There are six guys, and a handful of others, that rarely get the recognition they deserve during the race. Couch potatoes see them on TV, leaping from a knee-high wall — jacking, changing and rolling wheels that weigh as much as a 6th-grader.
Kasey Kahne gave his guys the credit after Sunday’s Jeff Byrd 500. He said the No. 4 pit crew was the reason his Red Bull Toyota finished ninth at Bristol Motor Speedway.
“The best part about our race was our pit crew,” Kahne said. “Our pit stops were awesome the entire race.”
Indeed, Kahne came in here, and came out there. And “there” was a spot, two or three better. Kahne’s average running position was fourth best of the day (6.59). He spent 99.8 percent of the 500 laps in the top 15, which, in laymen’s terms, means he wasn’t running in the top 15 for only one lap. Getting in and out of the pits efficiently also meant he had enough room to turn 27 fastest laps (fifth best).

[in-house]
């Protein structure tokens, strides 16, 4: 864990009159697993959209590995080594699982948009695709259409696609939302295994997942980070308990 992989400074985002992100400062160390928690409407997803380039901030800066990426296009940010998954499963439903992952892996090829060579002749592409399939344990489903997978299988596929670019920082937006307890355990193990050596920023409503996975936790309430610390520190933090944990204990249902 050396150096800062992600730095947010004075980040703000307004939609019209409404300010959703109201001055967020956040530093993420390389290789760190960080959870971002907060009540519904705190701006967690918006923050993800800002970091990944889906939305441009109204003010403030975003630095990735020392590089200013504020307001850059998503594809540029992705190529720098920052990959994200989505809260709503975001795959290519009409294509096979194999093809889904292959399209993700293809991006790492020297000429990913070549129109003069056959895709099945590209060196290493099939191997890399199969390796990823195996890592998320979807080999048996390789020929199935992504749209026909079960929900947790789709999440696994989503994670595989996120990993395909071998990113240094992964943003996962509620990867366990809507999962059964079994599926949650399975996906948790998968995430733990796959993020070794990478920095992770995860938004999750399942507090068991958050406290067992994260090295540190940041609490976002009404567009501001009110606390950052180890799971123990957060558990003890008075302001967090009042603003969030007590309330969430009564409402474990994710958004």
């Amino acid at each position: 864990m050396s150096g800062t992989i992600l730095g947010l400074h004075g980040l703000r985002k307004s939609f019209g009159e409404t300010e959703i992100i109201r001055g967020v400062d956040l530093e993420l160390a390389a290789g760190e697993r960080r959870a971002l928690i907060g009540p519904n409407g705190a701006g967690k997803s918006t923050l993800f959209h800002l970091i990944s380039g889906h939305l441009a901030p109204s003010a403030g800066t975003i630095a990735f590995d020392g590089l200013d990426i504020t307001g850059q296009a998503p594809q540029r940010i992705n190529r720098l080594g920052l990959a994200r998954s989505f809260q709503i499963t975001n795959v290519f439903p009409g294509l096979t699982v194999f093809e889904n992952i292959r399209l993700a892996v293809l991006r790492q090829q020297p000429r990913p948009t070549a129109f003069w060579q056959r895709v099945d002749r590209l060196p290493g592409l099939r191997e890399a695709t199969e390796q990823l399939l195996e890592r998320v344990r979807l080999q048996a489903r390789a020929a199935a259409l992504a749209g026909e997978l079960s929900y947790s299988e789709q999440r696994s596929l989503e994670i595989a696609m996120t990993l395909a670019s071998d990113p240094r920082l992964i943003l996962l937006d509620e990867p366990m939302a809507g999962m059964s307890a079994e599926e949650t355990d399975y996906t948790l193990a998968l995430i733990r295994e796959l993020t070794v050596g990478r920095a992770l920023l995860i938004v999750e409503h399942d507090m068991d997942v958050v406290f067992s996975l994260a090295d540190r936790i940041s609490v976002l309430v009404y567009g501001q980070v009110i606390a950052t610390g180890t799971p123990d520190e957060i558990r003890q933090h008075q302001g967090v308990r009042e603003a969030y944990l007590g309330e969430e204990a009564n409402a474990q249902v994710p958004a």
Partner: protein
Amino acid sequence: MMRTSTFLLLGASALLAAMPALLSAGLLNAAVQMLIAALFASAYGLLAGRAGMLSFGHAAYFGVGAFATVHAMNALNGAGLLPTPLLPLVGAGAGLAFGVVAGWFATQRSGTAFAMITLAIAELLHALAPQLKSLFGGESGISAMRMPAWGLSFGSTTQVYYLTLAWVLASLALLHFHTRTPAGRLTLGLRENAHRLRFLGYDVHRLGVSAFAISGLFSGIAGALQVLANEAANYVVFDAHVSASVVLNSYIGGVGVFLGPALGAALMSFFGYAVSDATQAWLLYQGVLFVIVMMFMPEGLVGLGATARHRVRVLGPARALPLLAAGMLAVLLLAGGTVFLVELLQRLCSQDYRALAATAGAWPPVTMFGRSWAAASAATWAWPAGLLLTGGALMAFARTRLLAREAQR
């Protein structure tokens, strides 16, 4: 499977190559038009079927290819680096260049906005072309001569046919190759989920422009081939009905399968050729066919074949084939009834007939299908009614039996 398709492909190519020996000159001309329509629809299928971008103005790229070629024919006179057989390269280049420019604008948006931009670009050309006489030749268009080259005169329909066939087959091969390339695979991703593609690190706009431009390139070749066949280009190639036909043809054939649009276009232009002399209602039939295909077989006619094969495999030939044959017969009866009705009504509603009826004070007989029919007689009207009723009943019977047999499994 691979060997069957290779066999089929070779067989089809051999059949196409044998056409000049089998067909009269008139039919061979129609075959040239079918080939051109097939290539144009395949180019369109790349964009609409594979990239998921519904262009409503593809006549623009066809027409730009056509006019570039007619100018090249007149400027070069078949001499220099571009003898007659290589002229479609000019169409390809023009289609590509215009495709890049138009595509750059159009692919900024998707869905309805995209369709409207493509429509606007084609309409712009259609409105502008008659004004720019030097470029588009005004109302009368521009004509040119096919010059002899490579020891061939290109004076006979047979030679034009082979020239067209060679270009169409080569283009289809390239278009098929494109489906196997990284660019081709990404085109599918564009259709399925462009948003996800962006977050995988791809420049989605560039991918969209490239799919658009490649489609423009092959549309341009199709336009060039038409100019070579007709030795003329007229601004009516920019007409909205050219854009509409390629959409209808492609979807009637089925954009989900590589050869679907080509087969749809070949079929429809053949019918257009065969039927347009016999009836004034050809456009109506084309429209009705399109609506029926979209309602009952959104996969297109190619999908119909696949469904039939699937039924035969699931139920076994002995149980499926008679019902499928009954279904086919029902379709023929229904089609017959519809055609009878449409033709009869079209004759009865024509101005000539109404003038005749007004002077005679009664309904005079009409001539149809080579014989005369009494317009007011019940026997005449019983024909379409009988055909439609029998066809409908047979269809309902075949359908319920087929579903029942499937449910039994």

Track position means pretty much everything at Bristol with its run-everywhere banking. The No. 4 had it all day, and that translated into Kahne’s second top 10 and third top 15 in the first four races. He climbed a spot to 12th in the standings and is one point out of the top 10.
“It was the best job they’ve done all season long,” Kahne said of the No. 4 crew. “We gained spots every time on pit road.”
The No. 83 crew never got the chance to show how good can be — not after Brian Vickers got sucked up in an accident on lap 28. It was the typical nowhere-to-go scenario at Bristol, and the team was forced to hack off the front end of the No. 83 Red Bull Toyota after a lengthy stay in the garage.
Vickers drove a 3,400-pound, unattractive modified the rest of the race. He finished 54 laps down in 31st. Sunday marked the third time in four races that Vickers has been the victim of circumstance. He ranks 31st in the standings — 20 points out of the top 20.
“Just need some luck,” Vickers said.
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